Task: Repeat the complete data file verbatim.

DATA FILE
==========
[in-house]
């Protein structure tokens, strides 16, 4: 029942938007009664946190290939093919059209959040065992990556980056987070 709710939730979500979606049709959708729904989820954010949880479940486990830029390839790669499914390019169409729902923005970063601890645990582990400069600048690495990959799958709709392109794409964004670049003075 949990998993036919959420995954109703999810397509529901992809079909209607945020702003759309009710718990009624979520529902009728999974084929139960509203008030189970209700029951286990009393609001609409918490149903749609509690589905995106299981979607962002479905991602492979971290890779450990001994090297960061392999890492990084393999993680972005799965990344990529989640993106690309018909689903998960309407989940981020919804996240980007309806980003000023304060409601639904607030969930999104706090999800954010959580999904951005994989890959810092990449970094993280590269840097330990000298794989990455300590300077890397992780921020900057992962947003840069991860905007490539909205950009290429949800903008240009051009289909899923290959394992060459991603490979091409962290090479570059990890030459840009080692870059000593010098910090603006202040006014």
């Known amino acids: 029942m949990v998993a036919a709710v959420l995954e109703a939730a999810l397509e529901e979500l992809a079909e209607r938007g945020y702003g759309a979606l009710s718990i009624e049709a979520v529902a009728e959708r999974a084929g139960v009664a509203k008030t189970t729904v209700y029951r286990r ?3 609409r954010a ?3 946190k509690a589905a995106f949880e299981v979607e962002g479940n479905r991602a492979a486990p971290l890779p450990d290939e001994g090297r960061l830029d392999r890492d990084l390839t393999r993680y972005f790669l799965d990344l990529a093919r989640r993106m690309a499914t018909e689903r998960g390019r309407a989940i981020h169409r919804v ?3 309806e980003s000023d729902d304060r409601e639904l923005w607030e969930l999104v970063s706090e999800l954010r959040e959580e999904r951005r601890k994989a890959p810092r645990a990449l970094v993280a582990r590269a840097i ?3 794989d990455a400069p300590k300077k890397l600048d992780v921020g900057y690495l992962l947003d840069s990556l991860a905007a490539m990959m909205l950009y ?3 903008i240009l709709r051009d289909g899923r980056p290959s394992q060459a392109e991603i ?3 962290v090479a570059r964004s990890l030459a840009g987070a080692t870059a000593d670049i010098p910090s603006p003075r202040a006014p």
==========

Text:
[in-house]
């Protein structure tokens, strides 16, 4: 029942938007009664946190290939093919059209959040065992990556980056987070 709710939730979500979606049709959708729904989820954010949880479940486990830029390839790669499914390019169409729902923005970063601890645990582990400069600048690495990959799958709709392109794409964004670049003075 949990998993036919959420995954109703999810397509529901992809079909209607945020702003759309009710718990009624979520529902009728999974084929139960509203008030189970209700029951286990009393609001609409918490149903749609509690589905995106299981979607962002479905991602492979971290890779450990001994090297960061392999890492990084393999993680972005799965990344990529989640993106690309018909689903998960309407989940981020919804996240980007309806980003000023304060409601639904607030969930999104706090999800954010959580999904951005994989890959810092990449970094993280590269840097330990000298794989990455300590300077890397992780921020900057992962947003840069991860905007490539909205950009290429949800903008240009051009289909899923290959394992060459991603490979091409962290090479570059990890030459840009080692870059000593010098910090603006202040006014």
């Known amino acids: 029942m949990v998993a036919a709710v959420l995954e109703a939730a999810l397509e529901e979500l992809a079909e209607r938007g945020y702003g759309a979606l009710s718990i009624e049709a979520v529902a009728e959708r999974a084929g139960v009664a509203k008030t189970t729904v209700y029951r286990r ?3 609409r954010a ?3 946190k509690a589905a995106f949880e299981v979607e962002g479940n479905r991602a492979a486990p971290l890779p450990d290939e001994g090297r960061l830029d392999r890492d990084l390839t393999r993680y972005f790669l799965d990344l990529a093919r989640r993106m690309a499914t018909e689903r998960g390019r309407a989940i981020h169409r919804v ?3 309806e980003s000023d729902d304060r409601e639904l923005w607030e969930l999104v970063s706090e999800l954010r959040e959580e999904r951005r601890k994989a890959p810092r645990a990449l970094v993280a582990r590269a840097i ?3 794989d990455a400069p300590k300077k890397l600048d992780v921020g900057y690495l992962l947003d840069s990556l991860a905007a490539m990959m909205l950009y ?3 903008i240009l709709r051009d289909g899923r980056p290959s394992q060459a392109e991603i ?3 962290v090479a570059r964004s990890l030459a840009g987070a080692t870059a000593d670049i010098p910090s603006p003075r202040a006014p």